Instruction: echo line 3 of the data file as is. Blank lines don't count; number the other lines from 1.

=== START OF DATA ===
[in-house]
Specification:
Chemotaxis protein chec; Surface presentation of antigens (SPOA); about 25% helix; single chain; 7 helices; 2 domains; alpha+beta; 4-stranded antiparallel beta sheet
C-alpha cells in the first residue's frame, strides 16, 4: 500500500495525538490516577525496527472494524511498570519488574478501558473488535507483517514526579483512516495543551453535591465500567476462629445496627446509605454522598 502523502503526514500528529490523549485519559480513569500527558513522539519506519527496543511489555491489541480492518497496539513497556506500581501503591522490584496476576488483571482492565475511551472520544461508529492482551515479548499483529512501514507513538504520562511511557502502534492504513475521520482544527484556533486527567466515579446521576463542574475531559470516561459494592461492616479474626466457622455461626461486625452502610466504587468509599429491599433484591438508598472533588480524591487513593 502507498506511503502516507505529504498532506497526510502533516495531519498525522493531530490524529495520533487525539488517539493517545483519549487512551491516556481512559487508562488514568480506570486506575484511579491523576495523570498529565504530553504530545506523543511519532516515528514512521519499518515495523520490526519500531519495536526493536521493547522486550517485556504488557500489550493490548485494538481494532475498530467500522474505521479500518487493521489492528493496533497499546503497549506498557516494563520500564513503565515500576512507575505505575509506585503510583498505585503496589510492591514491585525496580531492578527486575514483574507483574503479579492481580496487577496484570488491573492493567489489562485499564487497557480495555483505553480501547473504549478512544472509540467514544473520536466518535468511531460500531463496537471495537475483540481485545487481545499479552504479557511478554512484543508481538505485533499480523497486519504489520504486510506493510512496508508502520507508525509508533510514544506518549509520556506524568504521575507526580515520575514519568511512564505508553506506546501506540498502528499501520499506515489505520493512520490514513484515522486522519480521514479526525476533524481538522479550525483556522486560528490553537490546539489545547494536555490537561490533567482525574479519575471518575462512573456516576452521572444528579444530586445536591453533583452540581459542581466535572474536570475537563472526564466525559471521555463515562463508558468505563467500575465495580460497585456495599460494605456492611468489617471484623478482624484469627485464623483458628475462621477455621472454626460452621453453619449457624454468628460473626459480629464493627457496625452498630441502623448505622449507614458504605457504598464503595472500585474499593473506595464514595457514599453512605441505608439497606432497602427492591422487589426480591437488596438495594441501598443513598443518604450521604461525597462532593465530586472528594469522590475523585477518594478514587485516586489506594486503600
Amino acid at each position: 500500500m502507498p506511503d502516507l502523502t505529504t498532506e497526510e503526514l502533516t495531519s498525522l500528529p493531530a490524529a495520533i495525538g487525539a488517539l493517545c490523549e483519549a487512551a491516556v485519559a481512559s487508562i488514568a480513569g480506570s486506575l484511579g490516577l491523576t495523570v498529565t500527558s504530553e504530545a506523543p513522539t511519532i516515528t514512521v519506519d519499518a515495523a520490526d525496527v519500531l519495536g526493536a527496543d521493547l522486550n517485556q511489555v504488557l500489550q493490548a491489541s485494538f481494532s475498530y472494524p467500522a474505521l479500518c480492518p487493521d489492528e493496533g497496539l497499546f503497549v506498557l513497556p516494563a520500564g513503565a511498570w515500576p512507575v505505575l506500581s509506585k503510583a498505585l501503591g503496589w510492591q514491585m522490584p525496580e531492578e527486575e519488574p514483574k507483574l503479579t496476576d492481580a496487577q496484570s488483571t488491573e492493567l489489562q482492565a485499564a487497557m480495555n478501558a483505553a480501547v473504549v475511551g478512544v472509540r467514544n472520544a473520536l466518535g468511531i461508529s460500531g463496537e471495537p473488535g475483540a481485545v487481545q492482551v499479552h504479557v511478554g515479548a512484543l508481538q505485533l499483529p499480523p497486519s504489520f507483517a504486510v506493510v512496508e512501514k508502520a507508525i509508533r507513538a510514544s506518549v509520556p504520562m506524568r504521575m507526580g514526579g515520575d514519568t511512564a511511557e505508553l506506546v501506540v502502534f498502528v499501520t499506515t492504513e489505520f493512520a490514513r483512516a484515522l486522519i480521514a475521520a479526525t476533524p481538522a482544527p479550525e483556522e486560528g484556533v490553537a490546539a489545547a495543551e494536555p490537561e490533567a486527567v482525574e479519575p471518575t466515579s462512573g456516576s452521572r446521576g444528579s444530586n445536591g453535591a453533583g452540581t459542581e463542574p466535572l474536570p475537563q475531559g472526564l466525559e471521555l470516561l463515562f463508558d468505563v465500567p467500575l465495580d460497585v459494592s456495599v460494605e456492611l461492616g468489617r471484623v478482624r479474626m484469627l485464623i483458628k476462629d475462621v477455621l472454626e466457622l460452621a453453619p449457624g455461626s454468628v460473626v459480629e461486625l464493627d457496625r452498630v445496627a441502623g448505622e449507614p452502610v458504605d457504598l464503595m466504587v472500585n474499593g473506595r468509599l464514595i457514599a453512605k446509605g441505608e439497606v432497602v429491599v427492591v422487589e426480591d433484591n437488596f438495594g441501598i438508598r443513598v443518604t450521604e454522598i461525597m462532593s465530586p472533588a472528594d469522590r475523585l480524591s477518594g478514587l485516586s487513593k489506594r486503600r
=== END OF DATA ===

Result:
Chemotaxis protein chec; Surface presentation of antigens (SPOA); about 25% helix; single chain; 7 helices; 2 domains; alpha+beta; 4-stranded antiparallel beta sheet